1955), cert. denied, 351 U.S. 908 (1956) (contractor’s right to income was fixed in year it delivered houses, not in later year when a properly certified invoice was submitted, even though the contract specifically provided for payment upon the submission of a properly certified invoice); Frank’s Casing Crew & Rental Tools, Inc. v. Commissioner, T.C. Memo. 1996-413 (contractor’s preparation and sending of the invoices were ministerial acts
that did not postpone accrual of income otherwise earned).
also Continental Tie & Lumber Co. v. United States, 286 U.S. 290 (1932). However, in some cases, the requirement that a claim for payment be filed is a condition precedent that delays satisfaction of the all events test for § 461 purposes. In
United States v. General Dynamics Corp., 481 U.S. 239 (1987), the Court held that employees must file claims with the employer to establish the fact of the liability to reimburse employees for medical expenses under the all events test. The Court noted that
some covered employees fail to file claims with their employer for various reasons, such that an employee's receipt of covered medical services was not sufficient to fix the employer's liability. Thus, the filing of the claim was not a mere
technicality. In the cooperative advertising agreement between X and Y, the performance required under the agreement is the provision of advertising services. Y’s submission of a claim form and proofs
of performance substantiating that it has performed the advertising according to X's specifications is merely the mechanism by which Y requests payment for advertising services already performed. Thus, similar to Dally and Frank's Casing,
Y's submission of the claim form and proofs of performance is a ministerial act, much like the submission of an invoice. These
facts distinguish the cooperative advertising agreement between X
and Y from General Dynamics and demonstrate that Y’s submission to X of the claim form and proofs of performance is a mere technicality, not a condition precedent that is necessary to establish X's liability for § 461 purposes. The last event necessary to establish the fact of X's liability under the all events test occurred when Y performed the cooperative advertising services in Year 1 in accordance with the terms of the contract. X can reasonably estimate the amount of
its Year 1 liability for the cooperative advertising services performed by Y. Economic performance with respect to X's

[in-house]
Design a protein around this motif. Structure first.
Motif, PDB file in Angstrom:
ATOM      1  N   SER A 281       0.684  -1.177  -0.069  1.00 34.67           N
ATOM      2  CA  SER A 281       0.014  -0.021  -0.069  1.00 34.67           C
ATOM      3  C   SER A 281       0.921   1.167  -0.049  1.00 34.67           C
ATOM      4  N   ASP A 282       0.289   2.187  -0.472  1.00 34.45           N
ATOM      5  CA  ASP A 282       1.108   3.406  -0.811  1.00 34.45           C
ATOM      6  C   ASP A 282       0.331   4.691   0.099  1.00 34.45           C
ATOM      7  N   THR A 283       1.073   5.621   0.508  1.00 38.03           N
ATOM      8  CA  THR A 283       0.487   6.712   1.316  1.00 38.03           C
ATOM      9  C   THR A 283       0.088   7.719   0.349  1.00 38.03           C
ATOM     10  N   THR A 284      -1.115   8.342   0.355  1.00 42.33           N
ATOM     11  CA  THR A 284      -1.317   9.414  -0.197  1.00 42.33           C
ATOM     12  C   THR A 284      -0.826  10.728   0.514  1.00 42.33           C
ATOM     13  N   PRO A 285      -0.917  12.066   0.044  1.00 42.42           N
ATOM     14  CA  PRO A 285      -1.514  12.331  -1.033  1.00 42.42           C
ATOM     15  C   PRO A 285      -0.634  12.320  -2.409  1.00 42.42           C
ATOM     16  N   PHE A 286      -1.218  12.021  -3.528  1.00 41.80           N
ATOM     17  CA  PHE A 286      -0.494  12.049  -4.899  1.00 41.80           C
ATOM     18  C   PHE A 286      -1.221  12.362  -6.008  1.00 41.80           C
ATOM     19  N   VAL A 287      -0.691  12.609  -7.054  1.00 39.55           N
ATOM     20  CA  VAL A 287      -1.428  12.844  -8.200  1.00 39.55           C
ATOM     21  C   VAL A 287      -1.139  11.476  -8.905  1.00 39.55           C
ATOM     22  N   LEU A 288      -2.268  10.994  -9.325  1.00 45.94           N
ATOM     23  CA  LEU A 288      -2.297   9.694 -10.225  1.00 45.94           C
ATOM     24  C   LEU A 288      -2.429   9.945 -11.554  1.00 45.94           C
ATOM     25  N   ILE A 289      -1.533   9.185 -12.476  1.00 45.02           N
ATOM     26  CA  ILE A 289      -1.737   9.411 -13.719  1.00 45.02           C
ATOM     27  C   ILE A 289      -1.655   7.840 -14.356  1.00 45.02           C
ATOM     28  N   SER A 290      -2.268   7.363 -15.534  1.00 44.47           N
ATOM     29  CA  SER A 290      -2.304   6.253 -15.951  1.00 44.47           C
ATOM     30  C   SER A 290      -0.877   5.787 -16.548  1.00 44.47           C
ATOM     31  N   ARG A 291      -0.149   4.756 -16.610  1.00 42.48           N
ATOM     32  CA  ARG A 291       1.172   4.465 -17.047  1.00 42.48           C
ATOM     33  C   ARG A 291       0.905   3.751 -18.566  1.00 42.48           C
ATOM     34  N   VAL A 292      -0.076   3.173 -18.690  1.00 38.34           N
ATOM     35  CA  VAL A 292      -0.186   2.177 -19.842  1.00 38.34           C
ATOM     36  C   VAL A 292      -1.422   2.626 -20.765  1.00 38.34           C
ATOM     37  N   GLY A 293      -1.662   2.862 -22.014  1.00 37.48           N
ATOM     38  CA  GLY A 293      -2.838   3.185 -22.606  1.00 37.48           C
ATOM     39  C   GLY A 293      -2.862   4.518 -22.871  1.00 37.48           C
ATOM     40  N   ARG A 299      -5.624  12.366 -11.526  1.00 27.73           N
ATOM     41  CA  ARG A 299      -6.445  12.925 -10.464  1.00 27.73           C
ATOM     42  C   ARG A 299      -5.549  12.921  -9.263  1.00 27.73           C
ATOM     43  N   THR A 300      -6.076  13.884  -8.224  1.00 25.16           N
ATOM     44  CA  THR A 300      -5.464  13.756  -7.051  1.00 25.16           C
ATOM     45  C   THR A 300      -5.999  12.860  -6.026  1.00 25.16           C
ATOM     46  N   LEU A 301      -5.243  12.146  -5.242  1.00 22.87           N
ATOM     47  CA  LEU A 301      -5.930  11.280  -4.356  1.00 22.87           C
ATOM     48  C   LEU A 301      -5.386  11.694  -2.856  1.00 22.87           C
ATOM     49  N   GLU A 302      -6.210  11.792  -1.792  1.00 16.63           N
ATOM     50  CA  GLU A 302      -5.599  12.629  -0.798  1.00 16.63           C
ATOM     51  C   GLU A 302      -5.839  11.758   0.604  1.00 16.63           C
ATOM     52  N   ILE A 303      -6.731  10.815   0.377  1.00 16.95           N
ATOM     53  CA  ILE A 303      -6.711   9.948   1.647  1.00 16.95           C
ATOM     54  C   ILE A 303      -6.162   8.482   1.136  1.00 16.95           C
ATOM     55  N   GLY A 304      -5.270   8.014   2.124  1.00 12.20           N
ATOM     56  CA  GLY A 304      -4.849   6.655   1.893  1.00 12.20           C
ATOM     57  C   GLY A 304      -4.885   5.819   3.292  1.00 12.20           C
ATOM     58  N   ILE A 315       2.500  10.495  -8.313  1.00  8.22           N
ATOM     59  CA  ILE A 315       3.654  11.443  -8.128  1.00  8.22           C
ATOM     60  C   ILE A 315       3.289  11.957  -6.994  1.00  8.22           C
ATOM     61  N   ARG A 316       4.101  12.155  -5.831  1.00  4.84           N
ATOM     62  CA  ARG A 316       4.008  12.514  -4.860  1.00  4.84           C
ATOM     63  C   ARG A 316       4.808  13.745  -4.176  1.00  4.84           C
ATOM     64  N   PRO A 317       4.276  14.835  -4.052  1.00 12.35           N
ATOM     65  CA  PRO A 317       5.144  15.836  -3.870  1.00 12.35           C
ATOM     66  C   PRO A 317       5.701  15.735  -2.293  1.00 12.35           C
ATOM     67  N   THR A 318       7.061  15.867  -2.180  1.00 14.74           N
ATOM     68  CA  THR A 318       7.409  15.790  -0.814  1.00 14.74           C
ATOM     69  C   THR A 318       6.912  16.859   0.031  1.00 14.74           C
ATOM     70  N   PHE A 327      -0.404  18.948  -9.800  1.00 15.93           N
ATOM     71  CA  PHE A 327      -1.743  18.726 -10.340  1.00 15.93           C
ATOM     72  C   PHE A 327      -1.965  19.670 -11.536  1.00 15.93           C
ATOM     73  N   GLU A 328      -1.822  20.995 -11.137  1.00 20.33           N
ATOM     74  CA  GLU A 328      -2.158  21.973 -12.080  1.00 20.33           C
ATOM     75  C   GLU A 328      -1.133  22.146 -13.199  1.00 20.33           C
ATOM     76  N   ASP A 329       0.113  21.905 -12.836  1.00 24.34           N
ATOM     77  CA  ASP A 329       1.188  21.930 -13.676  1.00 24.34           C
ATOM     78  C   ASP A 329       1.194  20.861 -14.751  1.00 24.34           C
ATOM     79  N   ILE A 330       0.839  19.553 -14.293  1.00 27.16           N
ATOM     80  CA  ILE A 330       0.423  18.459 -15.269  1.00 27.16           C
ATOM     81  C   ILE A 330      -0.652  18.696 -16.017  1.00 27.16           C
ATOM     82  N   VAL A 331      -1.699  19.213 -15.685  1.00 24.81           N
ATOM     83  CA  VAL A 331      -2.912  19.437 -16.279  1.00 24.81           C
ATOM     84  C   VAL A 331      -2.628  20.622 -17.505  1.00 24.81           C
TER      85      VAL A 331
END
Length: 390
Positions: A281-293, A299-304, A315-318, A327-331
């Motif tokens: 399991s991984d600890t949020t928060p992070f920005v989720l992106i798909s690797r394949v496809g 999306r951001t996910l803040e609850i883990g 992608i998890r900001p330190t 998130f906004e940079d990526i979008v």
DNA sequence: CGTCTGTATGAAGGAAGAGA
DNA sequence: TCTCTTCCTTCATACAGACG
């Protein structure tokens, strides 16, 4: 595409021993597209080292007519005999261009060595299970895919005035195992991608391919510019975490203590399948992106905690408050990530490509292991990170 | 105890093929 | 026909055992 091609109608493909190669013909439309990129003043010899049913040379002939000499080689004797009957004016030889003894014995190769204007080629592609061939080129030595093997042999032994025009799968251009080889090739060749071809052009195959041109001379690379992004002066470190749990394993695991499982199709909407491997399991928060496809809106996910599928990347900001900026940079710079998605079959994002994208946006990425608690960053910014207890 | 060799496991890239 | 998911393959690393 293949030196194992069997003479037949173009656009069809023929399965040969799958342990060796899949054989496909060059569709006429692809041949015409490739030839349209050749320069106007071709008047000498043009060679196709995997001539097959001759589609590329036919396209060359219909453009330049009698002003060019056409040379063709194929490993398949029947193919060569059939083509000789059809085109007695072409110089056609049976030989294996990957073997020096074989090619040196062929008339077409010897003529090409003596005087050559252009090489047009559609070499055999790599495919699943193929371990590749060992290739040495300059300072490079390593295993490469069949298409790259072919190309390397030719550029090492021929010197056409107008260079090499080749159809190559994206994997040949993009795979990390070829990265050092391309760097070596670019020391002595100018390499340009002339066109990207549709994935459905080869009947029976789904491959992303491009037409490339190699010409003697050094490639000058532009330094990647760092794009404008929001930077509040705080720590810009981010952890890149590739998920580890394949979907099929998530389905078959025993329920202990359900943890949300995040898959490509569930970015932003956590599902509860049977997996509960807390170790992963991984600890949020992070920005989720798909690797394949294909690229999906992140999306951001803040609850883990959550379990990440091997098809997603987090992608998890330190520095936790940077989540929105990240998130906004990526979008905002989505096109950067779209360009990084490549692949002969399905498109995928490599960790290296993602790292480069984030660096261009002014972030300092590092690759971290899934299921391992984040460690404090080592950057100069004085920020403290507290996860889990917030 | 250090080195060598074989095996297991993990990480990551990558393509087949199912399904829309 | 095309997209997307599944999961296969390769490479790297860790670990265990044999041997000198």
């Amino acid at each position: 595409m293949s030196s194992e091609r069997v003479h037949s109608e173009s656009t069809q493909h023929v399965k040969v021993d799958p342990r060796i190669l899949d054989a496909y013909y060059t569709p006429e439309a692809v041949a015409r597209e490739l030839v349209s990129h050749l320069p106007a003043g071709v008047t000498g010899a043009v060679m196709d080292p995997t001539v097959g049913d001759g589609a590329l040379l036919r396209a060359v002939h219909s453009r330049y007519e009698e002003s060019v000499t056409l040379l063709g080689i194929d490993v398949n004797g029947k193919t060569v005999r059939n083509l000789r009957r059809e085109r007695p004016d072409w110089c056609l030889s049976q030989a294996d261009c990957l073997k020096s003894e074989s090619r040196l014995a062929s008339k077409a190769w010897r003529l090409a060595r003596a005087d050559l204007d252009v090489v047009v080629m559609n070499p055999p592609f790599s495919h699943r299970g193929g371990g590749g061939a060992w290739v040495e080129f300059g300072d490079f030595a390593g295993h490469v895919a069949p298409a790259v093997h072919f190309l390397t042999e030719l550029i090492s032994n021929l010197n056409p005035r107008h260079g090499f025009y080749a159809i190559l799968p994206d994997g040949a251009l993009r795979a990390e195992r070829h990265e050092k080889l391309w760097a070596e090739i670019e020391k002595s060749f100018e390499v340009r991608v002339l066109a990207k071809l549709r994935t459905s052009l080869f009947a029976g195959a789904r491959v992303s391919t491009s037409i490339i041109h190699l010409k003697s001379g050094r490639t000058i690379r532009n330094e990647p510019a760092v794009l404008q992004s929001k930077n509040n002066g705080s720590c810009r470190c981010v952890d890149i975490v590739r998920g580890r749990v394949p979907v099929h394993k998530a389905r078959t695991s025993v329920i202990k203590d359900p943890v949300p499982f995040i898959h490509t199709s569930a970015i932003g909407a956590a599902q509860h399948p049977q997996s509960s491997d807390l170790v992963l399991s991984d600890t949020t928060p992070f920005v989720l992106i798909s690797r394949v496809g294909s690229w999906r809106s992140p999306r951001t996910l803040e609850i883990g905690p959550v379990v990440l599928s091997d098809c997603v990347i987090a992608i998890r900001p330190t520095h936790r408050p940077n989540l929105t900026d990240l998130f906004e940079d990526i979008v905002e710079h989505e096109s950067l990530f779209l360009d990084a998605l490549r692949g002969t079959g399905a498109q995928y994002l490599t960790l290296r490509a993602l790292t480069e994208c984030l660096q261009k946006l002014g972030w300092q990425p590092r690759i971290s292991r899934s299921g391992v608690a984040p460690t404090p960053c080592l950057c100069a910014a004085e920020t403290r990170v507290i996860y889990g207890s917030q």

liability occurred in Year 1 when Y performed the cooperative advertising services. Accordingly, X may deduct on its Year 1
federal income tax return its liability for Y's cooperative advertising services. HOLDING Under the all events test of § 461, an accrual method manufacturer's liability to pay a retailer for cooperative advertising services is incurred in Year 1, the year in which the services are performed, provided the manufacturer is able to reasonably estimate this liability, and even though the retailer does not submit the required claim form until Year 2. APPLICATION Any change in a taxpayer’s method of accounting to conform with this revenue ruling is a change in method of accounting to which the provisions of §§ 446 and 481 and the regulations thereunder apply. A taxpayer wanting to change its method of
accounting for its payments for cooperative advertising services
provided by a retailer to conform with this revenue ruling must follow the automatic change in accounting method provisions of Rev. Proc. 97-37, 1997-33 I.R.B. 18, except that the scope limitations in section 4.02, as well as the application procedures in sections 6.03, 6.04, and 6.05, of Rev. Proc. 97-37 do not apply. However, if the taxpayer is under examination,
before an appeals office, or before a federal court with respect to any income tax issue, the taxpayer must provide a copy of the Form 3115, Application for Change in Accounting Method, to the examining agent(s), appeals officer, or counsel for the government, as appropriate, at the same time that it files the copy of the Form 3115 with the national office. The Form 3115
must contain the name(s) and telephone number(s) of the examining agent(s), appeals officer, or counsel for the government, as appropriate. EFFECT ON OTHER DOCUMENTS Rev. Proc. 97-37 is modified and amplified to include this accounting method change in the APPENDIX. DRAFTING INFORMATION The principal author of this revenue ruling is John P. Moriarty of the Office of Assistant Chief Counsel (Income Tax and Accounting). For further information regarding this revenue
ruling, contact Mr. Moriarty on (202) 622-4950 (not a toll-free call).